Although Drive by Truckers have never been down and out like the protagonists of their songs, these musicians haven’t exactly driven an easy road either. Last December, Shonna Tucker, their bassist since 2003 and lead singer of a handful of stellar DBT numbers, abruptly left the band. If that wasn’t enough of a rock and roll cliché, the three guitar southern rooted rock band’s equipment truck broke down the night prior to Phoenix, forcing the band to spend the night in the snowy mountain town of Flagstaff waiting for a fix.
With song titles like “The Fourth Night of My Drinking,” “Three Dimes Down,” “That Man I Shot,” and “Self-Destructive Zones”,” Drive by Truckers have always told it like it is: nothing is contrived. Hell, with other tune headlines like “Wife Beater,” “Hell No I Aint Happy” and “Dead, Drunk and Naked,” there is no Facebook style false promotion here. And although Drive by Truckers might fit a sweaty club in the desert better on a Friday or Saturday night bill than a Tuesday eve, they gave the otherwise hipster jaunt Crescent Ballroom a taste of real rock and roll – no kitschy synths or turn-tables this go-around.
Band leader Patterson Hood recently said the band is planning on an "'off' year with limited touring," with no immediate plans to name a permanent bass player. The new hired trucker, bassist Mike Patton (not the Faith No More Mike Patton
) plays his four string hunched over bobbing his head and grinning – very happy to be there – but not well versed enough to step outside his rhythmic circle while, keeping the low end in the pocket with drummer Brad Morgan. And although the band is doing an admirable job of paving forward with their new lineup, there was definitely an important voice missing with Tucker absent. Hood and Cooley are enough of a one two punch to keep the truck moving- Jay Gonzales on keys and John Neff on guitar and pedal steel – keep the Drive by Truckers huge song-book in sturdy hands.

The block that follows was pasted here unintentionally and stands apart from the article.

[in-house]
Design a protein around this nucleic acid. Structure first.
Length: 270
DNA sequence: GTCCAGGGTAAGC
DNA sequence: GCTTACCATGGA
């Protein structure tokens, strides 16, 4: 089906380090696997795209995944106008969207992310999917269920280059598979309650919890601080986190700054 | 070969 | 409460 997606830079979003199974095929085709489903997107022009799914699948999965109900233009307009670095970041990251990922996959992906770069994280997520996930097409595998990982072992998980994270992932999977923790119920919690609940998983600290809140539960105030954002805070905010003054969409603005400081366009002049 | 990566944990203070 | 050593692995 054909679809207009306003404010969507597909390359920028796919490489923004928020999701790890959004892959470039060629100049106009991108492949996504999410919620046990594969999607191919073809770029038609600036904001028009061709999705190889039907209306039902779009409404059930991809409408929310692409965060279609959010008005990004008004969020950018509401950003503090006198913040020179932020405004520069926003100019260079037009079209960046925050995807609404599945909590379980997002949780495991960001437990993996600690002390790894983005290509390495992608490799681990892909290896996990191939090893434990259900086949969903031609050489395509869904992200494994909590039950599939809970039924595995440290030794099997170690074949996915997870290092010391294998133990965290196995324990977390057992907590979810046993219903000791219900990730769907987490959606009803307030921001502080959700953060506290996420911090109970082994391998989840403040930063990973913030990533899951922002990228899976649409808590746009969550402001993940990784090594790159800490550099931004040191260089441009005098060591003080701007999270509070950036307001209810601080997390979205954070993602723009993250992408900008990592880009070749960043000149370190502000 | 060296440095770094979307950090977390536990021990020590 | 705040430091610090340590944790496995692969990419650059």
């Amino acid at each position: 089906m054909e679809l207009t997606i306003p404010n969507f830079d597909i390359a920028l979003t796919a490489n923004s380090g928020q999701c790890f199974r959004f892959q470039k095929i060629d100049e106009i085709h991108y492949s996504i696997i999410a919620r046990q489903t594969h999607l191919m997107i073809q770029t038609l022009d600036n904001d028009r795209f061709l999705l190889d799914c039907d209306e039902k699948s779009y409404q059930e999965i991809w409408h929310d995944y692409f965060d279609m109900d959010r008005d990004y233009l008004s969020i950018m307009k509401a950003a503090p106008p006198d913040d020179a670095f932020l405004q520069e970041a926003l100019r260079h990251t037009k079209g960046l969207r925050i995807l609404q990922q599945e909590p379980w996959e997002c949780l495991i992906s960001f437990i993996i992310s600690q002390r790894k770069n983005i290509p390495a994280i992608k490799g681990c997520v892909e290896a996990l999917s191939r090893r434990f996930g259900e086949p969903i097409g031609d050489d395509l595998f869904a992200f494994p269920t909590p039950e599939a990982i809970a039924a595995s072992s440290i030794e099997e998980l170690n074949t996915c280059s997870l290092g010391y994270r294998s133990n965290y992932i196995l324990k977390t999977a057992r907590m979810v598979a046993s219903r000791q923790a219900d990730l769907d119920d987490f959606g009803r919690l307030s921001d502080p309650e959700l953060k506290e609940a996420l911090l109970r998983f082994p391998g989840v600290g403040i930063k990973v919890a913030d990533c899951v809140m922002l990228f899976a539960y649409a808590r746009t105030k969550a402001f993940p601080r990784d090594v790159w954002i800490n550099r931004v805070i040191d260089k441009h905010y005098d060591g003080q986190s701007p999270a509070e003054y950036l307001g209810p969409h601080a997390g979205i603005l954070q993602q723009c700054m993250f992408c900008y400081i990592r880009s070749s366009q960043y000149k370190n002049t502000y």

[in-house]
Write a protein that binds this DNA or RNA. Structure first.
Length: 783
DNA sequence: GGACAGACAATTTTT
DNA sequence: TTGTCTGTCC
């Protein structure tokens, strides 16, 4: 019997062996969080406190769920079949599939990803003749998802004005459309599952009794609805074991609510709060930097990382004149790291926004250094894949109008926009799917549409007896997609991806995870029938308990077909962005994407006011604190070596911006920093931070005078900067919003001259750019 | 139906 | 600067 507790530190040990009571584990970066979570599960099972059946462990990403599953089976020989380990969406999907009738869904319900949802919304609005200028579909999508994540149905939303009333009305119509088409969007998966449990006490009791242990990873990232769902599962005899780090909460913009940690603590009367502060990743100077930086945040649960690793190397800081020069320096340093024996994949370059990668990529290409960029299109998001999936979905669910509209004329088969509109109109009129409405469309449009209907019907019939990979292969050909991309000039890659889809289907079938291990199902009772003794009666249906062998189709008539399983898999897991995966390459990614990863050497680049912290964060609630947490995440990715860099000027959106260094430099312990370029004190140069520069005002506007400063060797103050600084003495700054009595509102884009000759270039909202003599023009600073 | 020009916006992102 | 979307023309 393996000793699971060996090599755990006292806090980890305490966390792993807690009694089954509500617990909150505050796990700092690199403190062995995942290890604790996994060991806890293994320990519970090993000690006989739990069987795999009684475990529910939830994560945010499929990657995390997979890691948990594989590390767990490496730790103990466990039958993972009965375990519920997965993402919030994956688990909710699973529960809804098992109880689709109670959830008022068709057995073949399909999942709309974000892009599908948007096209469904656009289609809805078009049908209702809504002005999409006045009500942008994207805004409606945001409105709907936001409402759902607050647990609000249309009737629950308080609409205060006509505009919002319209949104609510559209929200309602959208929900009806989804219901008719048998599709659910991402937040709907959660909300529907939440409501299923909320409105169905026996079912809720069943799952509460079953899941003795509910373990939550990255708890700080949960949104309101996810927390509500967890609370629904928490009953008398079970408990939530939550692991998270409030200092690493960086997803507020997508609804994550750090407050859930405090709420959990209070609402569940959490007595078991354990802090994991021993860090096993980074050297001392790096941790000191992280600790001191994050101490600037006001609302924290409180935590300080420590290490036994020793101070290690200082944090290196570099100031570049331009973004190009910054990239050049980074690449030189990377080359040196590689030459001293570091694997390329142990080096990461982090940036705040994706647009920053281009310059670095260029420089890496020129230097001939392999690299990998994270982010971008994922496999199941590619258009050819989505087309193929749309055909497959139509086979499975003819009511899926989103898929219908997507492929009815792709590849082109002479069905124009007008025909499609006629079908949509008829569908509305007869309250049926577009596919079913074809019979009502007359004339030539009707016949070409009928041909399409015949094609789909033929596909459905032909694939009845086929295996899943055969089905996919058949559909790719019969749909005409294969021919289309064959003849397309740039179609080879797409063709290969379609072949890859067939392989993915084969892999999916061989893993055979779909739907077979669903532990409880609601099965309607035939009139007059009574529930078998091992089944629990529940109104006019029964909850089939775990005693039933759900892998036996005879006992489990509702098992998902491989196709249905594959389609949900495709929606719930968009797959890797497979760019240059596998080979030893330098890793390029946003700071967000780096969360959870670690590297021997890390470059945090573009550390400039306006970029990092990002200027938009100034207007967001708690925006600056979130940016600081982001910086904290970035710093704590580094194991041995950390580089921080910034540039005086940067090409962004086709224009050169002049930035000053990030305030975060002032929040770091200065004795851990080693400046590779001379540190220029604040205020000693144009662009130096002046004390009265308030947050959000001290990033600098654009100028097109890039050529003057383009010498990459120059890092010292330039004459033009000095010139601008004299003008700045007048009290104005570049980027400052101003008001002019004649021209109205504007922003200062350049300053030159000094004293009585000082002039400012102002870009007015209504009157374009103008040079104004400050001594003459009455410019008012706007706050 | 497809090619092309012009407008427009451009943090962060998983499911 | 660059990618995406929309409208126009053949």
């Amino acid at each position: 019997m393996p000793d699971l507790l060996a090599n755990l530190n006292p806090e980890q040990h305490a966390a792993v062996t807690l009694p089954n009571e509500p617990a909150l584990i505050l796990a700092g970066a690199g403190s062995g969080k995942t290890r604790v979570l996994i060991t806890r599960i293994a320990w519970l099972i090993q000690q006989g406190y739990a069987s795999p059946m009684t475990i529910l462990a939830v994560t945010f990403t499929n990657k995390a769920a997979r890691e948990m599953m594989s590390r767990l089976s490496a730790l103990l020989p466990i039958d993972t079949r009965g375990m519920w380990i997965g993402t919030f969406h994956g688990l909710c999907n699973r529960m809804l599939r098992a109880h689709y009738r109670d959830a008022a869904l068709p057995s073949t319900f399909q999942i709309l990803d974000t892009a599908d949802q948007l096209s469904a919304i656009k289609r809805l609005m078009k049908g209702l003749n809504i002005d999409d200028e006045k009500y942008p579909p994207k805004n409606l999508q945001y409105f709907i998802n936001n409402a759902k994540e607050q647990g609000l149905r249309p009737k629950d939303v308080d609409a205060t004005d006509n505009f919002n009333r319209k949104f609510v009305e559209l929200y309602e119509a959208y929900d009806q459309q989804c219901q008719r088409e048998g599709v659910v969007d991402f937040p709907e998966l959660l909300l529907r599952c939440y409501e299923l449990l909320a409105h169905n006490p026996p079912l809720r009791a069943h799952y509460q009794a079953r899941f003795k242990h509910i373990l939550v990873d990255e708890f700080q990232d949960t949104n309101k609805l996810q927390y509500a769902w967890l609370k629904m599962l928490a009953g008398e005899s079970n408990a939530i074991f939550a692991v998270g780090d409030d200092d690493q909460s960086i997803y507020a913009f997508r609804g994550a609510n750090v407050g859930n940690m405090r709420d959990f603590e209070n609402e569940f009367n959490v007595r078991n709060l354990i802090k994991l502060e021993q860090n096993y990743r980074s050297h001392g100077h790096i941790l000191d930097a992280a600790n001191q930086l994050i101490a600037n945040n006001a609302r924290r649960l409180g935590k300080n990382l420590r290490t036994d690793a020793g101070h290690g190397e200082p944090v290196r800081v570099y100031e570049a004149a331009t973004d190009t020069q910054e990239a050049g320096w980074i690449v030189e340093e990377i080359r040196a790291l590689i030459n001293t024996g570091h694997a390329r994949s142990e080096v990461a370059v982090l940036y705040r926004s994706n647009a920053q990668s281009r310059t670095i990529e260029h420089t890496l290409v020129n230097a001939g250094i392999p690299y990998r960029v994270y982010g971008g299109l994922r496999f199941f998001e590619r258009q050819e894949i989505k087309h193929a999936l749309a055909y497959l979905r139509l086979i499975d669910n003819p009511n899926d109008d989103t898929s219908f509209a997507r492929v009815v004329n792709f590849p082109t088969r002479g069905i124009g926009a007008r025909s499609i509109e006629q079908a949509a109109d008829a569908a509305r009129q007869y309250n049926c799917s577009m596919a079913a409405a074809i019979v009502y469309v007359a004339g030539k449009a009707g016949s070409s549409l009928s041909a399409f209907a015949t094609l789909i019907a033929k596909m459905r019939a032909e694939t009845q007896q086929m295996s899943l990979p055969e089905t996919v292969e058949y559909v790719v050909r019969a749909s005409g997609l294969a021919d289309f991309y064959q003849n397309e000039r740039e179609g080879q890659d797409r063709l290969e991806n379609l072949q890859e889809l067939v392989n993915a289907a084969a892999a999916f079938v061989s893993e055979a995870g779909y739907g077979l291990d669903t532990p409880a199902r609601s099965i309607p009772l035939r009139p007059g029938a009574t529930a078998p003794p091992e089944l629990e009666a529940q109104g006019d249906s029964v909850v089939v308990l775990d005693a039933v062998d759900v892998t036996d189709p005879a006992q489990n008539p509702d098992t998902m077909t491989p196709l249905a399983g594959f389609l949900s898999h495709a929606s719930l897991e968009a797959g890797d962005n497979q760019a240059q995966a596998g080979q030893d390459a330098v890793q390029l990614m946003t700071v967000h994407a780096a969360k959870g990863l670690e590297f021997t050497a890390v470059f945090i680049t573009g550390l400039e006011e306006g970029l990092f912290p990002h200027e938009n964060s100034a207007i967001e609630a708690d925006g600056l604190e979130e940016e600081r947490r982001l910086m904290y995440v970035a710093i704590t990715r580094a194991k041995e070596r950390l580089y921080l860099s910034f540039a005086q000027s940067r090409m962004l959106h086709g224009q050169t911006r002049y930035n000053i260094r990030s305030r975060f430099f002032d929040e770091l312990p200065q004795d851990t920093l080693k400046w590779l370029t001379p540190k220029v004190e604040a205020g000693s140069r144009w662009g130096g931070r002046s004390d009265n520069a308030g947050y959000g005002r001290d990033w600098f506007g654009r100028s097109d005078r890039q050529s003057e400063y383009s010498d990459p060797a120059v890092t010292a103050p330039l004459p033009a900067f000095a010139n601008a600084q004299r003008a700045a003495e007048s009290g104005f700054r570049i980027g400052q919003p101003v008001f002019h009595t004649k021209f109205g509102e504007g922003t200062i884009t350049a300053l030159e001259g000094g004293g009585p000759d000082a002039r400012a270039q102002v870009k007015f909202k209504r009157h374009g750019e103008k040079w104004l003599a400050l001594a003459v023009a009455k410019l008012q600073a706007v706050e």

With two lead vocalists rather than the three, Hood plays the adventurous and unpredictable Neil Young to Cooley’s Bakersfield sound leaning Merle Haggard. It was Cooley’s songs that got the best reception from the Skynyrdish “Three Dimes Down” and “Marry Me,” the twangy “Carl Perkins Cadillac” and the cool jaunt “A Ghost To Mostm” to the more cryptic “Where the Devil Don’t Stay.”
However Cooley wasn’t the only one who made a statement as he was quick to whip out some bold political views, not shy about his left leaning support. “This goes out to the fuckers in Georgia that elected Gingrich and the fuckers in Mississippi and Alabama that voted for Santorum. Bring it on motherfuckers,” Hood said in response to the recent Republican primaries.
Hood’s “Aftermath USA” and “Drag The Lake Charlie” captured the spirit of his down and out southern characters and it isn’t a Truckers show with everyone singing the chorus – “Hell No, I Ain’t Happy.” How about that for keeping it real? But nothing keeps it real like Hood’s tell all tale of his concert going youth, “Let There Be Rock” as he and the crowd sang, “And I never saw Lynyrd Skynyrd but I sure saw AC/DC With Bon Scott singing, "Let There Be Rock Tour". Rock on!